One-point Perspective
What we've just explored is called one-point perspective. Before the Renaissance, artists didn't really understand perspective--that is, European artists. Most of their work was flat and had little depth. The only exception was the use of color. To indicate some distance, the artists would paint that blue haze in the distance.  Without using perspective, things do look rather one dimensional. For instance, what do exactly see below? 

Here is a triangle touching a straight line. 

But what happens if a dotted line is drawing right in the middle of that triangle. What do you see now?  The "perspective" is totally different, isn't it?

A road going into the horizon

I bet you can even label these lines based upon what you just learned.

Next month, we'll explore one-point perspective further. It's really neat when you learn how to do this stuff from drawing arches to the interior of rooms. Stay tuned.

* I'm talking here about one- and two-point perspective.

Thursday, May 19, 2016

James Joyce 1882-1941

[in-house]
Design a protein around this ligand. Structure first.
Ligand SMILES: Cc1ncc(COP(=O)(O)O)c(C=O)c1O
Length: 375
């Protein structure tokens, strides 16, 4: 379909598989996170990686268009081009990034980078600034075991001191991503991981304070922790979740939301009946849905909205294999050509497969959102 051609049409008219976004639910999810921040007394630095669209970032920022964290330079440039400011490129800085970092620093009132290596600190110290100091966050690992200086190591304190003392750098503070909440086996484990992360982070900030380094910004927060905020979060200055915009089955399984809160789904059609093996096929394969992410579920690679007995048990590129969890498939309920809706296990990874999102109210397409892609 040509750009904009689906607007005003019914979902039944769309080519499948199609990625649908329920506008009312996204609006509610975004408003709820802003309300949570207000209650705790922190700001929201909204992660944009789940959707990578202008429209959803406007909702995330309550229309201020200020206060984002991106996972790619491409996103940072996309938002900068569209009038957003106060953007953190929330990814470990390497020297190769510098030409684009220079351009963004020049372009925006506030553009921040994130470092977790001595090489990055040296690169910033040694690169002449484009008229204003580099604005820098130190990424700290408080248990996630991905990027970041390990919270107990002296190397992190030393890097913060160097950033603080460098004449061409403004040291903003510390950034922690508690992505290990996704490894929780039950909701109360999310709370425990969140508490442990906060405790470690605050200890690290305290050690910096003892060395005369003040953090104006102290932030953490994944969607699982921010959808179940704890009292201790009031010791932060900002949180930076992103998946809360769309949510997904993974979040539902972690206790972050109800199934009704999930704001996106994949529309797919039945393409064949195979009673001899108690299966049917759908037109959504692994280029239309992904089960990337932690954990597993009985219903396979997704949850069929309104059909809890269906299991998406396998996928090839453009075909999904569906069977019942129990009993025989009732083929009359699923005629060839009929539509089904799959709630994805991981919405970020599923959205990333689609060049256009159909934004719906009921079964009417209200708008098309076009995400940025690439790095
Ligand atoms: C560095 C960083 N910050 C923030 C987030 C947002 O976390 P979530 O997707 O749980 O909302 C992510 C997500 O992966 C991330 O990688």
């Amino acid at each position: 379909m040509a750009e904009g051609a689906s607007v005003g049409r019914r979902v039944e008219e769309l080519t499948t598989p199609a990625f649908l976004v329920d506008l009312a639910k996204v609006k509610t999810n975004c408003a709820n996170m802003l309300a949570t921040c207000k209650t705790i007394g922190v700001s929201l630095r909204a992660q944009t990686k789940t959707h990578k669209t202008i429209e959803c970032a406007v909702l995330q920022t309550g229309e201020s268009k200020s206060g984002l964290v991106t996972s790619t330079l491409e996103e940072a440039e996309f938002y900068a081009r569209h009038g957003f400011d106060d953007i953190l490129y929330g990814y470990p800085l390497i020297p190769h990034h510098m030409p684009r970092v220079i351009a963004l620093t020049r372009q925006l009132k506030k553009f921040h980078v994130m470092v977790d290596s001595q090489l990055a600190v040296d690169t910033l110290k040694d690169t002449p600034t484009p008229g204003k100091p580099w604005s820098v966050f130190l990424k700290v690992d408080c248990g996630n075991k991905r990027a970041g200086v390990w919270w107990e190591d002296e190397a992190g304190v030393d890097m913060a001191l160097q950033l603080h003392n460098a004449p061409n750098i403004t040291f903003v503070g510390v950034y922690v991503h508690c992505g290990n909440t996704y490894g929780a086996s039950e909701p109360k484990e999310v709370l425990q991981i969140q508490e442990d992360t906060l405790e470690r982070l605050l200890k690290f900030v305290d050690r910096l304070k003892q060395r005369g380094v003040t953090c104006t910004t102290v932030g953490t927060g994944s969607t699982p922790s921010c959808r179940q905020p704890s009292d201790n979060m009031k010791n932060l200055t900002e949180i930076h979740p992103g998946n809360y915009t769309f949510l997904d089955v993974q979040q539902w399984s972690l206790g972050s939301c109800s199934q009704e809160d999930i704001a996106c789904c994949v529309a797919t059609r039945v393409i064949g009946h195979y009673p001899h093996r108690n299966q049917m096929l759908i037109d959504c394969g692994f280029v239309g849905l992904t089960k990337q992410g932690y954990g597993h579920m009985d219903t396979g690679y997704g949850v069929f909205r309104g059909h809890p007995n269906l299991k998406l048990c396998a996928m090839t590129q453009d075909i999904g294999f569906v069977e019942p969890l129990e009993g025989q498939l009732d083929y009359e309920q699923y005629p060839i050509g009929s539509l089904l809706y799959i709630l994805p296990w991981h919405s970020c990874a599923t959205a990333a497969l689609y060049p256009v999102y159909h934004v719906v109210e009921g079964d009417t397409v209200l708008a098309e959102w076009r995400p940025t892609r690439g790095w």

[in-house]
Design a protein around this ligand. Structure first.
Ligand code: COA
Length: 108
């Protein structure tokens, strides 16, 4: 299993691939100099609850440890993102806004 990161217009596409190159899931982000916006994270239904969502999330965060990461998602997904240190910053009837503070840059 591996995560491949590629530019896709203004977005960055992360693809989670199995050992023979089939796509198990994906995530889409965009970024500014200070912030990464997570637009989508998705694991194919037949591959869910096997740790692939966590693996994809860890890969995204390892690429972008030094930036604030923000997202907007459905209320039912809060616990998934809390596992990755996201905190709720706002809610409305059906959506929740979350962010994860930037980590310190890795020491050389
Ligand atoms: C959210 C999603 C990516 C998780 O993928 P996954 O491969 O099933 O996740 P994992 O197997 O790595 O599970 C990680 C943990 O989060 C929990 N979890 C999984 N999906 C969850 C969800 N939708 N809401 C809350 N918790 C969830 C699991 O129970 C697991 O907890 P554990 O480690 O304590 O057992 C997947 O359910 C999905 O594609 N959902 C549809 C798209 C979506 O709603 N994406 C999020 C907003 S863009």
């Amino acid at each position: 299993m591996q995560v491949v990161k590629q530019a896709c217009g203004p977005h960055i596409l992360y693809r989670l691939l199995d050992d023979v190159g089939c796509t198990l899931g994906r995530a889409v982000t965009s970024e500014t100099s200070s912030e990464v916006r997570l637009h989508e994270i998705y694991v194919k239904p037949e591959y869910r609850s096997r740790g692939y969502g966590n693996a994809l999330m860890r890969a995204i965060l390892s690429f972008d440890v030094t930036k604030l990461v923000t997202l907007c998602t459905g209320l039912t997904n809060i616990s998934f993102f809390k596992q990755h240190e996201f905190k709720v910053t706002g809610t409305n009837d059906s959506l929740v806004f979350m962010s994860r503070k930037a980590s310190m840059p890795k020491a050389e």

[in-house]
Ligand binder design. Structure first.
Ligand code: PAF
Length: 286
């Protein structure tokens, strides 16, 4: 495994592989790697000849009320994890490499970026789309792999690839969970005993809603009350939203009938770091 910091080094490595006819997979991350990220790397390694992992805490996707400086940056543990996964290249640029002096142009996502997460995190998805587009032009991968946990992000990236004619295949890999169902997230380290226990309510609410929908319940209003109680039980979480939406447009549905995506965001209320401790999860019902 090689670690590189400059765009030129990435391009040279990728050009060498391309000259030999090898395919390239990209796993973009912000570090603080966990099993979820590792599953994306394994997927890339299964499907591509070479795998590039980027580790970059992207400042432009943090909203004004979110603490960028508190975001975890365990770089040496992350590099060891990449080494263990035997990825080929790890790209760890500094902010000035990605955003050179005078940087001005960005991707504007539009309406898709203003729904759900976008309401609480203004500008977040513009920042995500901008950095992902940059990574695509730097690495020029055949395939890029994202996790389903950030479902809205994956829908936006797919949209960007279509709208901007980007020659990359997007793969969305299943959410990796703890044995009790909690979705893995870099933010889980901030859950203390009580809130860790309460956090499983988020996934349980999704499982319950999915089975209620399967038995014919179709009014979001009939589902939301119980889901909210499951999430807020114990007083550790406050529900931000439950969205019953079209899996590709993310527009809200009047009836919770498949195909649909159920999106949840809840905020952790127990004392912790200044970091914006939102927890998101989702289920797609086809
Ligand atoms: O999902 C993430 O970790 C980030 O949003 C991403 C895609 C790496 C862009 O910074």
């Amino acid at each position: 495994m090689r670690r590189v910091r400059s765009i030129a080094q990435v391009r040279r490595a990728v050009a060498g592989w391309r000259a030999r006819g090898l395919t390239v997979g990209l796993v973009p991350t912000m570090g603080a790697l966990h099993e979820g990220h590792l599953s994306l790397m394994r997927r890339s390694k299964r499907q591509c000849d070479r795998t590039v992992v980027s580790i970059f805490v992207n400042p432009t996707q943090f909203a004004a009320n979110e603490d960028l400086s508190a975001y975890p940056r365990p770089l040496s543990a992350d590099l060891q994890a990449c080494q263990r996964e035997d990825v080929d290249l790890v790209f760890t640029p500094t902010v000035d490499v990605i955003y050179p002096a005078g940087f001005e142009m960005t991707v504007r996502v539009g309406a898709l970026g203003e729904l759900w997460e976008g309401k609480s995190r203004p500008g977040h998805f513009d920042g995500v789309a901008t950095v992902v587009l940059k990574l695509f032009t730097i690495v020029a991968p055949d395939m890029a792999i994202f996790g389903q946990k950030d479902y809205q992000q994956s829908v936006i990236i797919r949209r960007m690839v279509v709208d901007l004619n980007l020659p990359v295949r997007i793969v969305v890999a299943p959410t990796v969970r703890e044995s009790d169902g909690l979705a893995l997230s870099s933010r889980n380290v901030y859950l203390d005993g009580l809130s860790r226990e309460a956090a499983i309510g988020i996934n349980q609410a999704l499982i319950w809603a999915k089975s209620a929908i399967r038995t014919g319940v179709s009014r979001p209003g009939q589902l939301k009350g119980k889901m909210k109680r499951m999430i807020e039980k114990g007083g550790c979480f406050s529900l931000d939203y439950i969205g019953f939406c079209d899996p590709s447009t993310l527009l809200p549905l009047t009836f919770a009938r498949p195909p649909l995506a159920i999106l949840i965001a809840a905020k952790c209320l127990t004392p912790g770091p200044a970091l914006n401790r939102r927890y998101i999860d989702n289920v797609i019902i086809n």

English Sketching Holiday

May 8-15, 2016

As I am sitting here on a train back to Dublin from Belfast, I'm remembering the wonderful experience we had in our Sketching the English Village workshop last week. I believe we all had a good time.

Beginning the week with a proper English roast at the local pub, The Patriot Arms, we nine gals got to know each other a little bit. As we introduced ourselves, we learned that all of us are afraid to try something new, make mistakes and even share our work for others to peruse. I believe at the end of the week, everyone learned that mistakes and fears are what takes us to a new level. We learned how much fun it is to push our limits.